1. Formula Clause. A partial QTIP election may be made with a formula provision similar to that used in drafting the pecuniary marital bequest under a will. This means that any change in valuation upon audit or the choice of taking deductions on the estate tax or income tax returns would not affect the marital deduction if the formula clause were designed to reduce the tax to the lowest possible tax. Regs. §20.2056(b)-7(h), Examples 7 and 8. See also PLR 9043015.

  1. Division into Separate Shares or Trusts. In a partial election, the marital and non-marital trust can be segregated if authorized under the governing instrument or otherwise permitted under local law. If the trust has not been divided by the time the return is filed, the intent to divide must be "unequivocally signified" on the return. This division must occur, however, no later than the close of the administration of the estate. Regs. §20.2056(b)-7(b)(2)(ii)(A). Presumably, if the settlement of the estate occurred through a revocable trust, that division could occur at the time the administration would have been closed had those assets been subject to probate. The regulations also make it clear that specific assets may be allocated to the elective and nonelective shares so long as the fiduciary is required either by state law or by the governing instrument to divide the trust according to the fair market value of the assets of the trust at the time of the division.(5) Thus, a complete fractionalization of each asset is not required when the trusts are severed. Regs. §20.2056(b)-(7)(b)(2)(ii)(B) and (C) and Regs. §20.2056(b)-(7)(h), Example 14. In the case of legal life estates, an election may be made on an asset by asset basis. PLR 9043029.

  1. Invasion of Marital Share. The marital share may be invaded for the benefit of the surviving spouse prior to the invasion of the nonmarital share, and such invasion may even be subject to different standards. Regs. §20.2056(b)-7(h), Example (9).

  1. Definition of Specific Portion. In Estate of Alexander v. Commissioner, 82 T.C. 34 (1984), affirmed "for the reasons expressed by the Tax Court majority," (4th Cir. 1985) (unpublished opinion), the Tax Court held that the regulations at §20.2056(b)-5(c) were invalid in limiting the "specific portion" language to a fractional or percentage share. In that case, Mrs. Alexander was given a testamentary power of appointment "over that portion of this trust which shall be equal in amountto my wife's share..." (emphasis added). Thus the effect that Mr. Alexander sought to achieve was to eliminate the appreciation of the marital share from taxation in his wife's estate. The Tax Court relied on Northeastern Pennsylvania National Bank and Trust Company v. U.S., 87 S. Ct. 1573 (1967). In the Energy Policy Act of 1992, the Congress added §2056(b)(10) and a new sentence to §2523(e) to codify the language of the proposed regulations. §2523(f)(3) was also amended to make the rules of §2056(b)(10) applicable. In its final QTIP regulations, the Service recognized that Alexander was the law prior to October 24, 1992, the effective date of the Energy Policy Act of 1992. Regs. §20.2056(b)-7(e). Those rules apply to decedents dying on or before October 24, 1992, with a transitional rule for property passing to a spouse under documents in existence on October 24, 1992, and unchanged thereafter: (i) if the decedent was under a mental disability from which he never recovered, and if the decedent did not dispose of "such property," or (ii) if the decedent died before October 24, 1995. Regs. §20.2056(b)-7(e)(5).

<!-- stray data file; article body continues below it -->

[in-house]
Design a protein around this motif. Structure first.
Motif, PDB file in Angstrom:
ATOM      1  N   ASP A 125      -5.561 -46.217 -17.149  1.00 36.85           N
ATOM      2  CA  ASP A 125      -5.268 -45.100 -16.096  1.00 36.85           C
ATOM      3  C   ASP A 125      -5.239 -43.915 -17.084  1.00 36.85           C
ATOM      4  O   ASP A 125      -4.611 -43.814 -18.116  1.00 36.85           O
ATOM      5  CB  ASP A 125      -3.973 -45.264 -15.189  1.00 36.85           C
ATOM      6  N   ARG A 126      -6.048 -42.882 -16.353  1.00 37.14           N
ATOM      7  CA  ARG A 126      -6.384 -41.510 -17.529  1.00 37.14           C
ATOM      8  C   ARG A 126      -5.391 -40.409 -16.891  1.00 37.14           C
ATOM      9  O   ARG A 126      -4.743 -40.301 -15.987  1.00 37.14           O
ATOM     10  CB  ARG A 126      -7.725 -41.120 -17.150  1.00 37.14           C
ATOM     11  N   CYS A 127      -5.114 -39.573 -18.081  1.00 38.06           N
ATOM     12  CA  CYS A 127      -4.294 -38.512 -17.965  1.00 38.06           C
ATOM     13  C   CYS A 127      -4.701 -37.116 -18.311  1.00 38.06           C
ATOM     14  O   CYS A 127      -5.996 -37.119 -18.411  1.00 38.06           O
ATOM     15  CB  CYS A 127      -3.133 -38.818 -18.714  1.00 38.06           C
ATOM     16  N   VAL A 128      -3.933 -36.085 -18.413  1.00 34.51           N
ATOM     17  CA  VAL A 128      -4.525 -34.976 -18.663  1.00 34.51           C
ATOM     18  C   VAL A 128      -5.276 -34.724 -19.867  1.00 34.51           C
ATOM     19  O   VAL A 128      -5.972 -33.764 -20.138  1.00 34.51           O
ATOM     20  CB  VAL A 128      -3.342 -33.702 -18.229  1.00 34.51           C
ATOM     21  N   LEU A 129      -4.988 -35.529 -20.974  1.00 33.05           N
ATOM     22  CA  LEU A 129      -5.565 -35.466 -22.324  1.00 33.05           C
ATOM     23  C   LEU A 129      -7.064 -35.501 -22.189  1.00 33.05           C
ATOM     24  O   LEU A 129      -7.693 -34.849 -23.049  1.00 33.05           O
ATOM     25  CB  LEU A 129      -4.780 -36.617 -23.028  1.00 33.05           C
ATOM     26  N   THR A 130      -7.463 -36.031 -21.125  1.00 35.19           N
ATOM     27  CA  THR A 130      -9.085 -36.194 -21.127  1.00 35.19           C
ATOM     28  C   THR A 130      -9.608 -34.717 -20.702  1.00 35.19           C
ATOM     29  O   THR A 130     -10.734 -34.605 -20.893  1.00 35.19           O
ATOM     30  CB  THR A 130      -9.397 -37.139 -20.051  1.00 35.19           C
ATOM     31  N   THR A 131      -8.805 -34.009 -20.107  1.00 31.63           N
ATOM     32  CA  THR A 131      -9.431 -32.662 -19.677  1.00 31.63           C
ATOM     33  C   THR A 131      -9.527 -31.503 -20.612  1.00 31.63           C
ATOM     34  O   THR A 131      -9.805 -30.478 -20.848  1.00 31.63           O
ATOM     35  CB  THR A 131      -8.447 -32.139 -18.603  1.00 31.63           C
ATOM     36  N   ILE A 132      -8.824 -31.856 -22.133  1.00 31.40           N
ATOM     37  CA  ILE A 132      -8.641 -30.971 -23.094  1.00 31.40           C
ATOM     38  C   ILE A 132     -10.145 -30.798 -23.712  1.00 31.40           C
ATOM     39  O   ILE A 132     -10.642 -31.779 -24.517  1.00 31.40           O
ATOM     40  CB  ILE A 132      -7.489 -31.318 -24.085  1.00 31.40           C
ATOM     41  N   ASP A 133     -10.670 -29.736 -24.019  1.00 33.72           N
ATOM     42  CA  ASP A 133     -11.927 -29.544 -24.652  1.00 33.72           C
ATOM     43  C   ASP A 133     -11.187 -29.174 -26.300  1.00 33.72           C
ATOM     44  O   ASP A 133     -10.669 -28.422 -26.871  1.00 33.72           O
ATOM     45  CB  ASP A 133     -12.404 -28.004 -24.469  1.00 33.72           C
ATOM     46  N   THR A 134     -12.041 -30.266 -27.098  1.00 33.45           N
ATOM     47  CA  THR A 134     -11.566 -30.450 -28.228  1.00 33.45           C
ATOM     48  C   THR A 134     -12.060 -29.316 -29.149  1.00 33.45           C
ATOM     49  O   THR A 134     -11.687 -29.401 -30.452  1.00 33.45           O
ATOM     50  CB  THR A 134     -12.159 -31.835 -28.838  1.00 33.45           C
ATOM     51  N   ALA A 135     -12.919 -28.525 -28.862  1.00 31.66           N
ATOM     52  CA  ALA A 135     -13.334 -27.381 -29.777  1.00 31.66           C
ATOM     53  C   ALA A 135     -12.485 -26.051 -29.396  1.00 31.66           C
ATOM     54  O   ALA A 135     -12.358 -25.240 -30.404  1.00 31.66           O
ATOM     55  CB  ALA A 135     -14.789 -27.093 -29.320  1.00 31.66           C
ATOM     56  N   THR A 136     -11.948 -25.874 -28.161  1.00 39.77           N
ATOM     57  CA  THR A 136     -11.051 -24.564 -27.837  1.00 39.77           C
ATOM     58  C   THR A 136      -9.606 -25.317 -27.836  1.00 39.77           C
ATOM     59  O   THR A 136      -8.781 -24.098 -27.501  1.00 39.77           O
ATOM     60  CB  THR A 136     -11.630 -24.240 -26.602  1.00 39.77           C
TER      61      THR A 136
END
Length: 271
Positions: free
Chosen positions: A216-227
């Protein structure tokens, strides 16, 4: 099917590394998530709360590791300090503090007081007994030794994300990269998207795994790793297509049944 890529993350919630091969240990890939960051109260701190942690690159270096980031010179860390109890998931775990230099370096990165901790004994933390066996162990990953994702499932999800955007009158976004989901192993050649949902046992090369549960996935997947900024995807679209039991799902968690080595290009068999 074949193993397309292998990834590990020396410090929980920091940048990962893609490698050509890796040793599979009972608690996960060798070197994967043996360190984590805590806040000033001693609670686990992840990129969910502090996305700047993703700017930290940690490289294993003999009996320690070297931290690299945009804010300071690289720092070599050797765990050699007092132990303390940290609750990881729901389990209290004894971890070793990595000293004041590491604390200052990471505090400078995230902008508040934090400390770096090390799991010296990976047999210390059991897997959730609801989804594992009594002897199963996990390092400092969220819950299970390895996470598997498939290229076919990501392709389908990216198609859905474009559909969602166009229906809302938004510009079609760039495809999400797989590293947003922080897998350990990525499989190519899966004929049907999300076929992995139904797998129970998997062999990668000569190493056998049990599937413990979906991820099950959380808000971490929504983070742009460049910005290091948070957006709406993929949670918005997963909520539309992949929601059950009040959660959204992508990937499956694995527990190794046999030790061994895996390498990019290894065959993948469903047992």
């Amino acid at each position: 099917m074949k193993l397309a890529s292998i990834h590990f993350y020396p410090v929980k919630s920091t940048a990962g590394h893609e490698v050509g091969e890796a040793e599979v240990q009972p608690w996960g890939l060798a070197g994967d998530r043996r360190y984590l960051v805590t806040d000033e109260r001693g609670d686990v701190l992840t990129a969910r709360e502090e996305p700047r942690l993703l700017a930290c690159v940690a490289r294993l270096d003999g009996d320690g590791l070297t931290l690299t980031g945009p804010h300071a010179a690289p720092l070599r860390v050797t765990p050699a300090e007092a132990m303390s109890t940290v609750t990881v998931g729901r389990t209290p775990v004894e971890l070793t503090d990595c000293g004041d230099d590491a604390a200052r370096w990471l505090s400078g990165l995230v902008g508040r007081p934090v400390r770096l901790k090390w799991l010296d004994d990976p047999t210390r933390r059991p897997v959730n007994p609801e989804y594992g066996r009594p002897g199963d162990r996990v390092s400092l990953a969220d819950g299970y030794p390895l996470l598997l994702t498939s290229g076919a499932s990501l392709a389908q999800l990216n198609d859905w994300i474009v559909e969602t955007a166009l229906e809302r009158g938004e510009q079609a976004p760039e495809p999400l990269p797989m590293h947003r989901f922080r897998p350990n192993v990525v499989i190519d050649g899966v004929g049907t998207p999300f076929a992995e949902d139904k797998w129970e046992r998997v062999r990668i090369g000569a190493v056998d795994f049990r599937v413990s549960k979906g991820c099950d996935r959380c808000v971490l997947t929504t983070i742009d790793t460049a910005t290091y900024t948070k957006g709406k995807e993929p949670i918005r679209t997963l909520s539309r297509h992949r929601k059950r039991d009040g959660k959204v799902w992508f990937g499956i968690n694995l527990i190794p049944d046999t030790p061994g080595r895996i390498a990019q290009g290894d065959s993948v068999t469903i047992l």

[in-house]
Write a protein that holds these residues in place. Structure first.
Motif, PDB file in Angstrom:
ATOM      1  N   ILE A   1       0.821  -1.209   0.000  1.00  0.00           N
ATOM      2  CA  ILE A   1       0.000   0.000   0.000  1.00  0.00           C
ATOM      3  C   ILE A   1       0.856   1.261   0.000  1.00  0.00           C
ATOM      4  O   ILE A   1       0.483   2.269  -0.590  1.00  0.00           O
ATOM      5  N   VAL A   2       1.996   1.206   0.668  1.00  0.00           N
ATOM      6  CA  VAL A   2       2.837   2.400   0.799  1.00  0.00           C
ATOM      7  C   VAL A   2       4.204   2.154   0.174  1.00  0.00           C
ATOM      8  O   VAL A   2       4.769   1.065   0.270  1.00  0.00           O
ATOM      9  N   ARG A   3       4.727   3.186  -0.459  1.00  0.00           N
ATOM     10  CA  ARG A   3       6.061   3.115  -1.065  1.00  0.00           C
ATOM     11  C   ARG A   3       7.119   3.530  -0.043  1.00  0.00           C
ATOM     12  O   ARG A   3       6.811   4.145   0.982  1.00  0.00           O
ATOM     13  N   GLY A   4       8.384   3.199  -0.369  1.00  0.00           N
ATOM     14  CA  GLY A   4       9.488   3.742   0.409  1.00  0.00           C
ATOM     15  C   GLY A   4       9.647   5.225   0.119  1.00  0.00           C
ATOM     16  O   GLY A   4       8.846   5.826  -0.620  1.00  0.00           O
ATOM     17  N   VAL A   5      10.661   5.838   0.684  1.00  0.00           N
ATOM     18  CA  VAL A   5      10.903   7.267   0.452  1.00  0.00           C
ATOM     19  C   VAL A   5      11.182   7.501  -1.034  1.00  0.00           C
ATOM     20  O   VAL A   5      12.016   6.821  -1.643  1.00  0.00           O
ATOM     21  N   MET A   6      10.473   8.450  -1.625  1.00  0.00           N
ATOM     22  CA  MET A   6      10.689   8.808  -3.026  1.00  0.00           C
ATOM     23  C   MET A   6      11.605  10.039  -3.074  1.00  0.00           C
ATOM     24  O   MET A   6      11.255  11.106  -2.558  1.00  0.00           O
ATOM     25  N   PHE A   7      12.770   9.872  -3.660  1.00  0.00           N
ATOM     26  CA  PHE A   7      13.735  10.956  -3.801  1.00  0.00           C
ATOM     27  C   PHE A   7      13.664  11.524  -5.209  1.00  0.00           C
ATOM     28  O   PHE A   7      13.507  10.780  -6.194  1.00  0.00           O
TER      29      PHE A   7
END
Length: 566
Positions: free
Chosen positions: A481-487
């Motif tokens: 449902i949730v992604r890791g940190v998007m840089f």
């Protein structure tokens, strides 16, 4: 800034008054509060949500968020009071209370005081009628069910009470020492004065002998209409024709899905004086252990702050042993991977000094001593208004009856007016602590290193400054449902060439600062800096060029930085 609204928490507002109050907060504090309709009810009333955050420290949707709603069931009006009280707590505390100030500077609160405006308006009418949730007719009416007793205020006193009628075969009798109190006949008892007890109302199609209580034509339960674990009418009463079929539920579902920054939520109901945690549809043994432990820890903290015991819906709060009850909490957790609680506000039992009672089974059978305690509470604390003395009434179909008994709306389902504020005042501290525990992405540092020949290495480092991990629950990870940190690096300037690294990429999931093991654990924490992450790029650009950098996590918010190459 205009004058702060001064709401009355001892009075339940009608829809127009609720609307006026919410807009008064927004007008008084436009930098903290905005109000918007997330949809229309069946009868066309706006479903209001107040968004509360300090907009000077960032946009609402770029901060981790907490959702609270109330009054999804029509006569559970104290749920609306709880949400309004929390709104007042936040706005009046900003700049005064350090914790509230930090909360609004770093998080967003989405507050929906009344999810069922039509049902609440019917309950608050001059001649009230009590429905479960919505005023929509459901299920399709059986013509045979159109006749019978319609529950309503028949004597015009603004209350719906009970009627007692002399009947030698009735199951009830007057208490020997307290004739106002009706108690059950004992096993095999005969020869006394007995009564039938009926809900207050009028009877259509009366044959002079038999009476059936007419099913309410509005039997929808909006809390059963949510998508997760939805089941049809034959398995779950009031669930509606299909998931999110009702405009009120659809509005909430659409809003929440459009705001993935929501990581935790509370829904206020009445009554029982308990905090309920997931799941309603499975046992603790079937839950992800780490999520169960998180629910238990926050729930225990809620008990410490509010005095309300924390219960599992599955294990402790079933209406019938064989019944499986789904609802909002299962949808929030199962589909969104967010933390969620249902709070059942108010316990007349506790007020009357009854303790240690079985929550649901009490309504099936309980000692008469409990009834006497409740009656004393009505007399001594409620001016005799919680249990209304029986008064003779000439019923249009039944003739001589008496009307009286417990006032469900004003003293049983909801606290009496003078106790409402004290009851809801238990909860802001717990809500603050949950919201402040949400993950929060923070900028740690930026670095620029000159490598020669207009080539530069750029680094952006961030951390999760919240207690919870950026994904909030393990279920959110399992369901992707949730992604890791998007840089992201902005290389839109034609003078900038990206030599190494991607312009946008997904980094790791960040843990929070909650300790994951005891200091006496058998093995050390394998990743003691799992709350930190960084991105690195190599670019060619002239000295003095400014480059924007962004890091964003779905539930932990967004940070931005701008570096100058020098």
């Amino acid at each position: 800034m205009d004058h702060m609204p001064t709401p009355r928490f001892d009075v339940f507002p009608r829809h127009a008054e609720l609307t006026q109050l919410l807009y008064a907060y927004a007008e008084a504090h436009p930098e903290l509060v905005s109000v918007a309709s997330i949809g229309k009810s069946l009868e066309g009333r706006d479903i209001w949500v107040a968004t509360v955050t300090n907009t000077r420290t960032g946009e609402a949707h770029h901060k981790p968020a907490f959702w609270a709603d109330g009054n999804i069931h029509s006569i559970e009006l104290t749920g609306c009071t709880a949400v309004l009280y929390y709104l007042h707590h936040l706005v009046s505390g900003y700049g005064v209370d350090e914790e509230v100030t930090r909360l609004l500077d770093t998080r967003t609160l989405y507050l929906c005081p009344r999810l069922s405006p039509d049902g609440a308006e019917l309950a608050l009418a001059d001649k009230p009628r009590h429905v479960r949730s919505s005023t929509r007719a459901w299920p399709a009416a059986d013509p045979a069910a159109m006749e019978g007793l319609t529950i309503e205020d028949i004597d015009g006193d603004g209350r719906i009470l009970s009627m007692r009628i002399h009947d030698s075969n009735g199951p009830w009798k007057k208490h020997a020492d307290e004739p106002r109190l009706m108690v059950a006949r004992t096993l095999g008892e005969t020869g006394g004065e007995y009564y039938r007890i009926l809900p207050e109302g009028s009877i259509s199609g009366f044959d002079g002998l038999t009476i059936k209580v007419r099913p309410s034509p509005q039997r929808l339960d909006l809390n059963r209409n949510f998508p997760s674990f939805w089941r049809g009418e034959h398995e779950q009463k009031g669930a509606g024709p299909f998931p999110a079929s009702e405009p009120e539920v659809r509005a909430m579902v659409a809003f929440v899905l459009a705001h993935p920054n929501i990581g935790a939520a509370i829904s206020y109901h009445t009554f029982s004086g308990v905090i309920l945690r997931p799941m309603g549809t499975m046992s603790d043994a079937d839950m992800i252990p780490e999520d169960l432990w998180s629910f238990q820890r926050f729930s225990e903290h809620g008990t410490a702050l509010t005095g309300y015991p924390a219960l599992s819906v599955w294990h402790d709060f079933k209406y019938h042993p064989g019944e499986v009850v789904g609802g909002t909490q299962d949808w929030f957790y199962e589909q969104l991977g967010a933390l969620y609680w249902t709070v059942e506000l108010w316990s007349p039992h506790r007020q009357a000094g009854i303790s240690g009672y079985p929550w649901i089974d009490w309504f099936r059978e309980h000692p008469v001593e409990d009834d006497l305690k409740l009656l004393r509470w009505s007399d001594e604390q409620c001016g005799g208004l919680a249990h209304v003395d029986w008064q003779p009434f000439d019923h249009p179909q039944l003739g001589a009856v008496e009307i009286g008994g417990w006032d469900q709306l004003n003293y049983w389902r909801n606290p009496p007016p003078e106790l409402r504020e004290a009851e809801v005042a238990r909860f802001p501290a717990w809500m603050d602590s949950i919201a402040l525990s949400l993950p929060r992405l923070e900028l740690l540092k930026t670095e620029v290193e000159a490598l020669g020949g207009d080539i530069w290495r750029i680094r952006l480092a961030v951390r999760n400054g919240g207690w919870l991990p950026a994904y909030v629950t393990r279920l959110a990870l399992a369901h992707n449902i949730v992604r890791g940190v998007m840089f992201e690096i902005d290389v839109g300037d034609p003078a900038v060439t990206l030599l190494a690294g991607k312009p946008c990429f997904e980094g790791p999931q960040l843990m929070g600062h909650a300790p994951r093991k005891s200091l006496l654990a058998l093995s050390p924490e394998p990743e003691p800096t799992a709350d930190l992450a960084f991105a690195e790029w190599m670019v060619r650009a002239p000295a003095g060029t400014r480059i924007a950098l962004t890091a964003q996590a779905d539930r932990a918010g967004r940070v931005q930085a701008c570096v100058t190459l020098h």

CAVEAT: Examples 11 and 12 of Regs. §20.2056(b)-7(h) no longer represent interests as to which a QTIP election is allowableunless the transitional rule applies. Because the specific portions are not expressed in fractional or percentage shares, they cannot qualify after October 24, 1992. However, there is no cautionary note in the regulations. Example 11 begins, "D dies prior to October 24, 1992." Example 12 begins, "The facts are the same as in Example 11..." Because of the date of death, the old rules apply. Mighty peculiar for regulations written in 1994!

  1. . Reverse QTIP Elections. §2652(a)(3) permits a separate QTIP trust to be created to which GSTT exemption can be allocated so that the surviving spouse will not be treated as the transferor for GSTT purposes. The reverse QTIP trust must be a separate trust and the regulations prescribe the method for severing the trust into separate trusts if the instrument does not do so. Treas. Regs §26.2654-1(b). If the trust is a pecuniary trust, it may be funded either at date of distribution values (if appropriate interest is required to be paid) or under the "fairly representative" standard. Treas. Regs. §26.2654-1(a)(1)(ii). The allocation of GSTT exemption must be made on a timely filed return or the exemption will be automatically allocated under§2632(c). This would mean that a portion of the exemption would be automatically allocated to other gifts and the reverse QTIP trust will have an inclusion ratio of more than zero and less than one. Relief for a late allocation may be available under Treas. Regs. §301.9100.